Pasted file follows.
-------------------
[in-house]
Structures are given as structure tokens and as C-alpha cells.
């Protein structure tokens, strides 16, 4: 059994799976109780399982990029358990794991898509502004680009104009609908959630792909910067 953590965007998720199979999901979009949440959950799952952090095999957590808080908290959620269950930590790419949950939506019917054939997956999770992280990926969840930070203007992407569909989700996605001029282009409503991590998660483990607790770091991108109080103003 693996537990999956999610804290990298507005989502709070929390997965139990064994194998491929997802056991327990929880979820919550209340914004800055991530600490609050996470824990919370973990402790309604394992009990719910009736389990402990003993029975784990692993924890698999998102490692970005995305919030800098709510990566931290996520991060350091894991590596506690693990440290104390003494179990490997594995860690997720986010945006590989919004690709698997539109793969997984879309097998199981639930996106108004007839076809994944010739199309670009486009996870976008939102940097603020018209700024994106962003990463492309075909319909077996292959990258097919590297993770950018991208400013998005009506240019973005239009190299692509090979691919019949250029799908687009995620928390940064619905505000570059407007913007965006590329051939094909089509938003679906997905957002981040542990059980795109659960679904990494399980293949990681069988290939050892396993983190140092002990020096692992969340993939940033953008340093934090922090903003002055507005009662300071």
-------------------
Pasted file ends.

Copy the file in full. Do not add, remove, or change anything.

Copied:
[in-house]
Structures are given as structure tokens and as C-alpha cells.
């Protein structure tokens, strides 16, 4: 059994799976109780399982990029358990794991898509502004680009104009609908959630792909910067 953590965007998720199979999901979009949440959950799952952090095999957590808080908290959620269950930590790419949950939506019917054939997956999770992280990926969840930070203007992407569909989700996605001029282009409503991590998660483990607790770091991108109080103003 693996537990999956999610804290990298507005989502709070929390997965139990064994194998491929997802056991327990929880979820919550209340914004800055991530600490609050996470824990919370973990402790309604394992009990719910009736389990402990003993029975784990692993924890698999998102490692970005995305919030800098709510990566931290996520991060350091894991590596506690693990440290104390003494179990490997594995860690997720986010945006590989919004690709698997539109793969997984879309097998199981639930996106108004007839076809994944010739199309670009486009996870976008939102940097603020018209700024994106962003990463492309075909319909077996292959990258097919590297993770950018991208400013998005009506240019973005239009190299692509090979691919019949250029799908687009995620928390940064619905505000570059407007913007965006590329051939094909089509938003679906997905957002981040542990059980795109659960679904990494399980293949990681069988290939050892396993983190140092002990020096692992969340993939940033953008340093934090922090903003002055507005009662300071």